Gloucester Stage’s ‘The Flick’ Is A Screen Gem (4.5 Stars)

‘The Flick’ – Written by Annie Baker; Directed by Bridget Kathleen O’Leary; Set Design by Courtney Nelson; Costume Design by Lara Jardullo; Sound Design by David Remedios;  Lighting Design by Russ Swift; Presented by The Gloucester Stage Company, 267 E Main St, Gloucester, MA through September 12th.

‘The Flick’, Annie Baker’s Pulitzer Prize-winning dramedy now running at the Gloucester Stage Company, is everything that Reality TV is not and never was, but probably wished it could have been, if those who produced the shows actually cared about what they were doing. If that sounds like faint praise, it’s nothing of the sort. It’s just that the dialogue so brilliantly captures the essence of its character’s lives as they go about their low level jobs that you really do feel like you’re eavesdropping on a conversation instead watching a play. And unlike Reality TV, it never feels staged. ‘Flick’ also makes a sound case that an ordinary story with three dimensional characters can be just as riveting as any sweeping epic. It’s a testament to the power of live theater over the big (and little) screens.

‘The Flick’ refers to the name of an independently-owned, single screen movie theater in Worcester, MA, that is staffed by a group of directionless young adults with zero respect for the theater’s owner, Steve (who never actually appears). When the play opens, we see Sam (Nael Nacer), a mid-thirties guy in a Red Sox cap, instructing Avery, a nerdy African-American college-age kid, in the fine art of movie theater cleaning. Sam takes his job very seriously, and imparts wisdom to his young charge with all the fastidiousness of a fine craftsman tutoring his apprentice. It may look like a dead-end job to us, but to Sam, it’s what he does for a living and he obviously takes pride in his work. Soon after, we meet the projectionist, Rose, the equally aimless twenty-something who – unbeknownst to her – is the apple of Sam’s eye.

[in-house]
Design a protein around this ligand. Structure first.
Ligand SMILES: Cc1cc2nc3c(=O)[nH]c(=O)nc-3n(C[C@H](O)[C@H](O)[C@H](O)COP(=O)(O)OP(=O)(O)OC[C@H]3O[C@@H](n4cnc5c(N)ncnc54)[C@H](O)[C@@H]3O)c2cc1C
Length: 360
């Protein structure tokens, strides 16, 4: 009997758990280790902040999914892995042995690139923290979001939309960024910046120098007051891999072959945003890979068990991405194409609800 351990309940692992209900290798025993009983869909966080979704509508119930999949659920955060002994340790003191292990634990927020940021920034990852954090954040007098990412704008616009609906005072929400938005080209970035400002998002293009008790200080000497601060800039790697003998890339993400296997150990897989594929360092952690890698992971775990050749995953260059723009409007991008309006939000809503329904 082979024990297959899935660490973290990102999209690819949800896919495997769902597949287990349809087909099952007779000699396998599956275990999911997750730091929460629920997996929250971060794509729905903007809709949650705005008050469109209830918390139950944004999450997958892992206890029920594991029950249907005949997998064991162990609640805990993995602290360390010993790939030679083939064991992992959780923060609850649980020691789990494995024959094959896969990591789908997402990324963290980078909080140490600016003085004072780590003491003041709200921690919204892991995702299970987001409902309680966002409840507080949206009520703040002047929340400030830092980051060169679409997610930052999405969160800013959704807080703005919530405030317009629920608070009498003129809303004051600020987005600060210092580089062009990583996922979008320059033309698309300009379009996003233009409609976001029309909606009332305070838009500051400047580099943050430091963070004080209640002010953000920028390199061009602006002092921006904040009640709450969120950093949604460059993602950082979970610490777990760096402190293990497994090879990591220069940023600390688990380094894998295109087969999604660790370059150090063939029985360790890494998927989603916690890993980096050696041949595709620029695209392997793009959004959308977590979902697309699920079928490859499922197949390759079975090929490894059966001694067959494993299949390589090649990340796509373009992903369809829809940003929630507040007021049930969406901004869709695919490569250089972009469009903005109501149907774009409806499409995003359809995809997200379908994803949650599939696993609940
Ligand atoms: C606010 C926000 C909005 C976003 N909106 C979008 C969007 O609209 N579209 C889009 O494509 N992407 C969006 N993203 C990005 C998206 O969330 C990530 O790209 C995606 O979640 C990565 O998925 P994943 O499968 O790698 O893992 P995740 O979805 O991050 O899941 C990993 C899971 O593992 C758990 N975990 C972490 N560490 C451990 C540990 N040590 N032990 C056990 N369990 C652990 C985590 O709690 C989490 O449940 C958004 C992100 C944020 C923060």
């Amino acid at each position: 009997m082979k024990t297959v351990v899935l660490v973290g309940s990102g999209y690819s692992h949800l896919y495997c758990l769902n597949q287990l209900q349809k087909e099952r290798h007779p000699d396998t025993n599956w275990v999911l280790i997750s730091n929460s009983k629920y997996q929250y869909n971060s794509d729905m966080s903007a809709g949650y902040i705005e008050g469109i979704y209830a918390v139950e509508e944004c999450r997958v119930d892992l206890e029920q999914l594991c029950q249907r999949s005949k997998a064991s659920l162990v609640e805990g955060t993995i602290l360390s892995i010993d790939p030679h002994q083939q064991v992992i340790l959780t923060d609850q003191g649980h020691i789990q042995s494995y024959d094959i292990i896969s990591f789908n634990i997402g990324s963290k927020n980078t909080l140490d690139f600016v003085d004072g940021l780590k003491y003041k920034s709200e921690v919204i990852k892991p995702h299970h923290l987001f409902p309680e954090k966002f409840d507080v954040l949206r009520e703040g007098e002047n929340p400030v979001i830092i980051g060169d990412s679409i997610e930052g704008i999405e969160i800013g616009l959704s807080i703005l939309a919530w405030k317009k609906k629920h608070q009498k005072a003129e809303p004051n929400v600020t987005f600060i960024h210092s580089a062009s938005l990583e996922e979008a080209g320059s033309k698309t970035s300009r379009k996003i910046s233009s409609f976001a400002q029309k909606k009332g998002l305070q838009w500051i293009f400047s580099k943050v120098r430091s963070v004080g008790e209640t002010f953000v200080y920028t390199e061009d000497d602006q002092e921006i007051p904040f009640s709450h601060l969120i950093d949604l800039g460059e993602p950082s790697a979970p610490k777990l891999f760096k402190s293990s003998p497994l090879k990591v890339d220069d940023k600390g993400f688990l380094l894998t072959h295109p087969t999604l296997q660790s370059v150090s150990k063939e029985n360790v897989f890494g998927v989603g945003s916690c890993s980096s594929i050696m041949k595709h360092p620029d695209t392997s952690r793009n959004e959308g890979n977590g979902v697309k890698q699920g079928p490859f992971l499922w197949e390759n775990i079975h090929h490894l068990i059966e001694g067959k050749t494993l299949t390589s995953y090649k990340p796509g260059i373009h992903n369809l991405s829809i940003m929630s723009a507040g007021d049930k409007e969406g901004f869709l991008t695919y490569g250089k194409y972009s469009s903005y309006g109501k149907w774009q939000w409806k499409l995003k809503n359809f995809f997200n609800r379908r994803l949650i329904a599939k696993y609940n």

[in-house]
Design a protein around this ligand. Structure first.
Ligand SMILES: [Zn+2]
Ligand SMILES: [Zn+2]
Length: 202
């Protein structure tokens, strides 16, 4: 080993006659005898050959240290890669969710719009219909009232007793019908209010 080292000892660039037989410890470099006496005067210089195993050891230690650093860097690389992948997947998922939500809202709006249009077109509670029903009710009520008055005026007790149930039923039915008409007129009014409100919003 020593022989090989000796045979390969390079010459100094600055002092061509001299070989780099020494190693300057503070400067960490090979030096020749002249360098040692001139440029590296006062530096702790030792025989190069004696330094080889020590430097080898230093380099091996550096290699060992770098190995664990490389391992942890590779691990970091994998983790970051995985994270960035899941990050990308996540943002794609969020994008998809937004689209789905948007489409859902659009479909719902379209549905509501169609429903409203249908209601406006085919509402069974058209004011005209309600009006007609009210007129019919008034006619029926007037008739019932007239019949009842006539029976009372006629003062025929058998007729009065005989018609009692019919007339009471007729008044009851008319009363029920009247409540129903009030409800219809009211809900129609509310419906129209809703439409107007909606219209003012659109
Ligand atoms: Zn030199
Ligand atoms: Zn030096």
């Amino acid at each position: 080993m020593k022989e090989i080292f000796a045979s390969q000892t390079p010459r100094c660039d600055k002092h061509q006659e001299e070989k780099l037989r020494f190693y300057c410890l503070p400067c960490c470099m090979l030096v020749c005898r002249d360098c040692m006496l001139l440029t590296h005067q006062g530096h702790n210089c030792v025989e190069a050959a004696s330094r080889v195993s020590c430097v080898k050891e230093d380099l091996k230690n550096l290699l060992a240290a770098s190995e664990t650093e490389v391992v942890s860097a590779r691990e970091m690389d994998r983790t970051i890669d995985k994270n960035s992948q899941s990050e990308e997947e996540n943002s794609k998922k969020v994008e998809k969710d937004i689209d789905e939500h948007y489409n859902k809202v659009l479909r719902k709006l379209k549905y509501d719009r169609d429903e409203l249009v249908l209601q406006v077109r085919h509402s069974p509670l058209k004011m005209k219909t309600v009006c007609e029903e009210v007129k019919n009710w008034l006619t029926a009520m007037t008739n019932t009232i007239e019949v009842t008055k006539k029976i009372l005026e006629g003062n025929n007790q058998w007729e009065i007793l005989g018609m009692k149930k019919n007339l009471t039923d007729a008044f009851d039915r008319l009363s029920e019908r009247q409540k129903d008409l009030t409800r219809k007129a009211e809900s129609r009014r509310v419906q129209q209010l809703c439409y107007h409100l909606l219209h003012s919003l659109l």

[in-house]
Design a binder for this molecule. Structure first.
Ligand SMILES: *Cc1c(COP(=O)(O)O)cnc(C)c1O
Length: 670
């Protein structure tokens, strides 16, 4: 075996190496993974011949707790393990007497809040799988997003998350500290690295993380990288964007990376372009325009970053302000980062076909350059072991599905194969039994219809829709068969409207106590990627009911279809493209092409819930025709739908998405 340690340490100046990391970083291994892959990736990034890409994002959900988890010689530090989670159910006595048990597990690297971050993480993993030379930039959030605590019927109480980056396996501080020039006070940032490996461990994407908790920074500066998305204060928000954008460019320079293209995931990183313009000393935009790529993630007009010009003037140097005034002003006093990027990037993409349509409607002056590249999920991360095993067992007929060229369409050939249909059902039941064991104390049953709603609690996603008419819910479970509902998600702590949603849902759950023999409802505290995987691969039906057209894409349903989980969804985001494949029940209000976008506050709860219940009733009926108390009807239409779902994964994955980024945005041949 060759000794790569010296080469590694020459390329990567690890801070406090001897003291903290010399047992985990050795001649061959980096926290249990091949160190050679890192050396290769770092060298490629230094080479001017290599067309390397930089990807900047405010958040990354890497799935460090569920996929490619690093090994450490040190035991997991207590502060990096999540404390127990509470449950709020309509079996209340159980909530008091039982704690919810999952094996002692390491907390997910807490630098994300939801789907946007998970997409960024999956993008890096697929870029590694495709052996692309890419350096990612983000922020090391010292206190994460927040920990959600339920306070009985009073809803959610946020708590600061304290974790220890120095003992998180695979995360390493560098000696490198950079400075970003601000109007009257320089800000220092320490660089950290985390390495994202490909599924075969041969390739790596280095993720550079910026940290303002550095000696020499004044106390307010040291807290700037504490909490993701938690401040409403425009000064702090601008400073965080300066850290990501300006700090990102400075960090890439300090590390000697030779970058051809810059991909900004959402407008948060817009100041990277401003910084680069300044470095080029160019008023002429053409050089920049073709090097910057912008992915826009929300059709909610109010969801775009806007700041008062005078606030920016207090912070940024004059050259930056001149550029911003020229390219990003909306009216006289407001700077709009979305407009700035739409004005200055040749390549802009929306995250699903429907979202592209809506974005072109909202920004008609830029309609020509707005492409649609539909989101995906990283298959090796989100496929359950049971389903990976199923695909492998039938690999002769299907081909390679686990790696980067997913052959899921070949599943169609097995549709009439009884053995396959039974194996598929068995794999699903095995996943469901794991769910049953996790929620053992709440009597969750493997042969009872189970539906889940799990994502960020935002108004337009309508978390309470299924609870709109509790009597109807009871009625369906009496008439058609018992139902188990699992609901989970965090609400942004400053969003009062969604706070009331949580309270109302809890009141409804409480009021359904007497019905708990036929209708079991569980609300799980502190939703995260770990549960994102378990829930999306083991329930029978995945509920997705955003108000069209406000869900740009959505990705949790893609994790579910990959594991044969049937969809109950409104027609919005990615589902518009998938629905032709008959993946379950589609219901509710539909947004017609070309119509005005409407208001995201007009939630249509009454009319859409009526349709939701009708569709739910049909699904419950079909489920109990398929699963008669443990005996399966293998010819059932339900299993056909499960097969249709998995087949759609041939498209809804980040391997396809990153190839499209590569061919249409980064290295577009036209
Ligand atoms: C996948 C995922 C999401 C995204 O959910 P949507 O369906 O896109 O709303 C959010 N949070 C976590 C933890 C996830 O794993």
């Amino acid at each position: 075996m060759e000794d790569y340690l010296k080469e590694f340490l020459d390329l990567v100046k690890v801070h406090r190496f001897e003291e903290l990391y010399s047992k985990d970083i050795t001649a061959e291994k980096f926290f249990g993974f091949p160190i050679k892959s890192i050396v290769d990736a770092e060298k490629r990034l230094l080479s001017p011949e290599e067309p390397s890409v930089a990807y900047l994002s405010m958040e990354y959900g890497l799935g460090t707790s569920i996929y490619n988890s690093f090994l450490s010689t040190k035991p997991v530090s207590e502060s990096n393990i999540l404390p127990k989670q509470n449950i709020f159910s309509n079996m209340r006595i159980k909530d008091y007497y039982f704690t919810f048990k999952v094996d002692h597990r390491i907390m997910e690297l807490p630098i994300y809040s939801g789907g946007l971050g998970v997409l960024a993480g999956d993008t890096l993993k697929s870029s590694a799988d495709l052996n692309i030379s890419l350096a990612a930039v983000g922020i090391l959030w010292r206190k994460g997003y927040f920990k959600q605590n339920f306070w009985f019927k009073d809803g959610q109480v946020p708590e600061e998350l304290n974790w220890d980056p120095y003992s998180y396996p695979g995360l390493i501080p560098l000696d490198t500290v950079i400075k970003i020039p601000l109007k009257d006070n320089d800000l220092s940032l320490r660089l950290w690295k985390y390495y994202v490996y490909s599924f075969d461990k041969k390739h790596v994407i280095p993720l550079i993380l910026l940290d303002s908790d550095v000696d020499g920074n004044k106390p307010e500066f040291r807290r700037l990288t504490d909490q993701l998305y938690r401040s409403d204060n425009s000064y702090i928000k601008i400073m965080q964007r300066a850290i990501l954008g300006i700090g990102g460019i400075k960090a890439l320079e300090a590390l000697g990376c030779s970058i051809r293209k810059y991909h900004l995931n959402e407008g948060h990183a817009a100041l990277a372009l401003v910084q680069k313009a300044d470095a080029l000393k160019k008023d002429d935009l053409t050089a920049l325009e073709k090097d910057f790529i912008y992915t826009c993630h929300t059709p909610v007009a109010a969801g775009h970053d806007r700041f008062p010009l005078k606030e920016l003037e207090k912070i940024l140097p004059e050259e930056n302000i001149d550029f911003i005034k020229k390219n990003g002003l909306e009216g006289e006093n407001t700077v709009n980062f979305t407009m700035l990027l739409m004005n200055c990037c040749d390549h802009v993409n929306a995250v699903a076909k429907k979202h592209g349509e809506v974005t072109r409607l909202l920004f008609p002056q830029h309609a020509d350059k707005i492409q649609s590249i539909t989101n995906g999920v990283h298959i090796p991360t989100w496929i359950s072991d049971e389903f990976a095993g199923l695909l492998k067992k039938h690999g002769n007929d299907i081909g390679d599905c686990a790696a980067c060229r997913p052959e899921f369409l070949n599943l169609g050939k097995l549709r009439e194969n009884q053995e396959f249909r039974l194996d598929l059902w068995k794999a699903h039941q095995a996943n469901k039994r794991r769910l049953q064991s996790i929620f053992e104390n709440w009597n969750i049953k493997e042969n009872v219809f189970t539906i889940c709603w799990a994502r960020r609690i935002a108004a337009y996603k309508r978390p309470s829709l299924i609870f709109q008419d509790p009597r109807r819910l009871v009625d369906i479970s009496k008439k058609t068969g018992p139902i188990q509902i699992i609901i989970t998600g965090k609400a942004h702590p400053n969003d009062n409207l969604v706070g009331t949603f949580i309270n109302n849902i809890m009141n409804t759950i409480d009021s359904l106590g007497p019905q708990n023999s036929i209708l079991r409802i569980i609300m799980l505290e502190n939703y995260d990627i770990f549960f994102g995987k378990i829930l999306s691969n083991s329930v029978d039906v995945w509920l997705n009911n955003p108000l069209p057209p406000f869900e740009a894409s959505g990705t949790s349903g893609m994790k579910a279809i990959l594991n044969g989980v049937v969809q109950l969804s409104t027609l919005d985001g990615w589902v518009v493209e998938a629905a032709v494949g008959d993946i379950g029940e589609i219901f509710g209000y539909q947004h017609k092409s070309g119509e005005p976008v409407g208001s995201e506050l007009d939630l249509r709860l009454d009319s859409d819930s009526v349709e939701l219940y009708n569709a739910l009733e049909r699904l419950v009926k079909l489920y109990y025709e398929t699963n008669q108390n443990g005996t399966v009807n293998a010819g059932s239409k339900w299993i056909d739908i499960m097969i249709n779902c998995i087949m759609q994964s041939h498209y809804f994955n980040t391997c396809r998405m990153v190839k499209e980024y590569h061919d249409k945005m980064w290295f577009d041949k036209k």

The plot of ‘The Flick’ (the theater may be sold) is secondary to characterization, and Baker gives us three pretty intriguing subjects to observe, with Avery being the most complex. The 20-year old is  taking some time off from his studies at Clark University, following a tumultuous year that included a suicide attempt. He is a rabid film buff, as we gather from his brilliance in playing the “Six Degrees of Kevin Bacon” movie trivia game with Sam as they clean the theater, but his life is a joyless one, devoid of basic human trust. Marc Pierre gives an intense and morose performance as the Urkel-esque Avery, whom we hope is not damaged beyond repair.
Sam is a study in underachievement, but that doesn’t mean that he is unaware of his station in life. We feel for him when he sounds envious of his “retarded” brother’s wedding celebration that he travels to attend, and when Avery asks him what he wants to be when he “grows up”, his response is painful. “I am grown up,” he responds, almost with bewilderment, before adding, “That’s like the most depressing thing anyone’s ever said to me.” As Sam, Nael Nacer adds to his string of terrific performances this year, displaying a great comic delivery in the process. And Melissa Jesser is perfect as the slacker-ish Rose, saying volumes with her eyes during the plays many long pauses (which are used to great effect). Although she is sometimes downright unlikable, we suspect that she’s as damaged as the rest of the staff and we (mostly) feel for her as well.

The design of the set (by Courtney Nelson) plays a huge role in the staging of the piece, as the audience looks out into the movie seats and projection room as if we are actually in the movie screen looking out, and it greatly enhances the eavesdropping effect. Scenes are introduced with closing movie music as the projector whirrs, and I was reminded of my days as a boy at the old Community Theater in Dedham.

For anyone who’s ever worked in a dead-end job, with its quirky little sets of characters and workplace-specific weird culture, this is a must see. The dialogue is absolutely brilliant and the acting is first rate, and if I’ve given the impression that the play is a downer, fear not, it is very funny at times. When I first learned that it was three hours in length I flinched, but the time sped by. See it, but make sure you use the facilities before it starts. For more info, go to: